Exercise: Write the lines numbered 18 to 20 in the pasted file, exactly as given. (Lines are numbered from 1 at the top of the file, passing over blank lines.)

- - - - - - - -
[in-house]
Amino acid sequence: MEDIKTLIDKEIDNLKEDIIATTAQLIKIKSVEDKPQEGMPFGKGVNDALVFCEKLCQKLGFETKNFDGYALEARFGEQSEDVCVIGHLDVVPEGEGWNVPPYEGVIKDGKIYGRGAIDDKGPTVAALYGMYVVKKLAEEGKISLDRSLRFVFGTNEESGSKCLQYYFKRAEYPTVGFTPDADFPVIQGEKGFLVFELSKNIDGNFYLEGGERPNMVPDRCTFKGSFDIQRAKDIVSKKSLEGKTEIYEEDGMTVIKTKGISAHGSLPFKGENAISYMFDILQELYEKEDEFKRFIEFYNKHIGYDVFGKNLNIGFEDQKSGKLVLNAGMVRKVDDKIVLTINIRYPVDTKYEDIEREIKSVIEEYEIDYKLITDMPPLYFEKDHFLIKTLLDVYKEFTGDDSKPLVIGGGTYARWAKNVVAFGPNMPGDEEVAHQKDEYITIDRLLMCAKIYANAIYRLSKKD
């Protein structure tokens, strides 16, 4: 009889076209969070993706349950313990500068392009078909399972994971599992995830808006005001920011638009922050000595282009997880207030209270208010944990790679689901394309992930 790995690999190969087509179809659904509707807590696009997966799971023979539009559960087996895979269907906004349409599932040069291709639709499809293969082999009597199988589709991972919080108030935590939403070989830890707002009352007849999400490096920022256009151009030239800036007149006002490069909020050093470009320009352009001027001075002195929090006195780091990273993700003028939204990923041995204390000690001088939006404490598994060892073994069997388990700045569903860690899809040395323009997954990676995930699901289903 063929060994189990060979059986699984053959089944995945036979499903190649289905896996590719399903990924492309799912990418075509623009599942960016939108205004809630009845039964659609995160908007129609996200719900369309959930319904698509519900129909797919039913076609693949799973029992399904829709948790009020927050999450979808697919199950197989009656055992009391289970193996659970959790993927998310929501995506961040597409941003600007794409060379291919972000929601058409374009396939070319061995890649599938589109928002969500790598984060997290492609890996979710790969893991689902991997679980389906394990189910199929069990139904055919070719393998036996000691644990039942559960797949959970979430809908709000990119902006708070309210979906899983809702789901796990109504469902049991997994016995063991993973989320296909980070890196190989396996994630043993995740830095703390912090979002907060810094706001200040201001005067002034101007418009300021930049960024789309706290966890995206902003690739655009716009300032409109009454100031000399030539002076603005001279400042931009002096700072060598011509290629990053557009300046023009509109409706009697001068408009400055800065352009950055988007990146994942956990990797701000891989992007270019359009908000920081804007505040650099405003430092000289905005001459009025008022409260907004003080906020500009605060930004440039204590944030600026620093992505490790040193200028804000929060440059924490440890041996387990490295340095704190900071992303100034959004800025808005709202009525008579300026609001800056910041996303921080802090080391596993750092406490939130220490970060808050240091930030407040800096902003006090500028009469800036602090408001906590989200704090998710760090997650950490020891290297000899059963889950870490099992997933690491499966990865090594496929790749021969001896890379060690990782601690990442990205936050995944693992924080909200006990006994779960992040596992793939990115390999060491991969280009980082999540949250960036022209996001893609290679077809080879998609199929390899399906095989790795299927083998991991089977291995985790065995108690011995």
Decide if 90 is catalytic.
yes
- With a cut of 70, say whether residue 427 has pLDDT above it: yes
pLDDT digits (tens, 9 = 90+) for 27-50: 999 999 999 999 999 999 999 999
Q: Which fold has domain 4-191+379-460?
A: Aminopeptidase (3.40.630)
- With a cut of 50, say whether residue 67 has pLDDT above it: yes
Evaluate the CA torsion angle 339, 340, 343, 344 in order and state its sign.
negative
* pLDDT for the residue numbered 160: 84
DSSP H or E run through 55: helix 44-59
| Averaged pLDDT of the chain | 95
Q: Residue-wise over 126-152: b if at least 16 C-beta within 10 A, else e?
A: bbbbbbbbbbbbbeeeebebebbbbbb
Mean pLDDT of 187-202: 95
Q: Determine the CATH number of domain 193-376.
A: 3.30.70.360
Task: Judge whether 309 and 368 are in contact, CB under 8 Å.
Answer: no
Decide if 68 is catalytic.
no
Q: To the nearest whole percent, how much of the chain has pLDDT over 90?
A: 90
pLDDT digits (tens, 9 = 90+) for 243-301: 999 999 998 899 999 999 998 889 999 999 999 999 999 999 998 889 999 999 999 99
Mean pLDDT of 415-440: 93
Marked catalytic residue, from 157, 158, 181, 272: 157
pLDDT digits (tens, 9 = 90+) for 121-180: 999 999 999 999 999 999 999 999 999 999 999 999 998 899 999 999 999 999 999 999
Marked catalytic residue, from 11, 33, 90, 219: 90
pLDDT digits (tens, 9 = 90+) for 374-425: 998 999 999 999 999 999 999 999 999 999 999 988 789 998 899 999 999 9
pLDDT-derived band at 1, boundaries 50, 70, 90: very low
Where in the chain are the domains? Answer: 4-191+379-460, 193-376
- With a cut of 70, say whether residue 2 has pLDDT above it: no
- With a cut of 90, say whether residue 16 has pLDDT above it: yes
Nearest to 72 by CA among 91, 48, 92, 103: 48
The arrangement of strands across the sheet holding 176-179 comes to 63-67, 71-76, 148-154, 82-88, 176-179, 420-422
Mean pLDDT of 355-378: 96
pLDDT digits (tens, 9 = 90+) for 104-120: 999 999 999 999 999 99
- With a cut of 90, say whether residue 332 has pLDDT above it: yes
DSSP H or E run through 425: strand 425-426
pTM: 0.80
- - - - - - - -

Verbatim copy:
Mean pLDDT of 187-202: 95
Q: Determine the CATH number of domain 193-376.
A: 3.30.70.360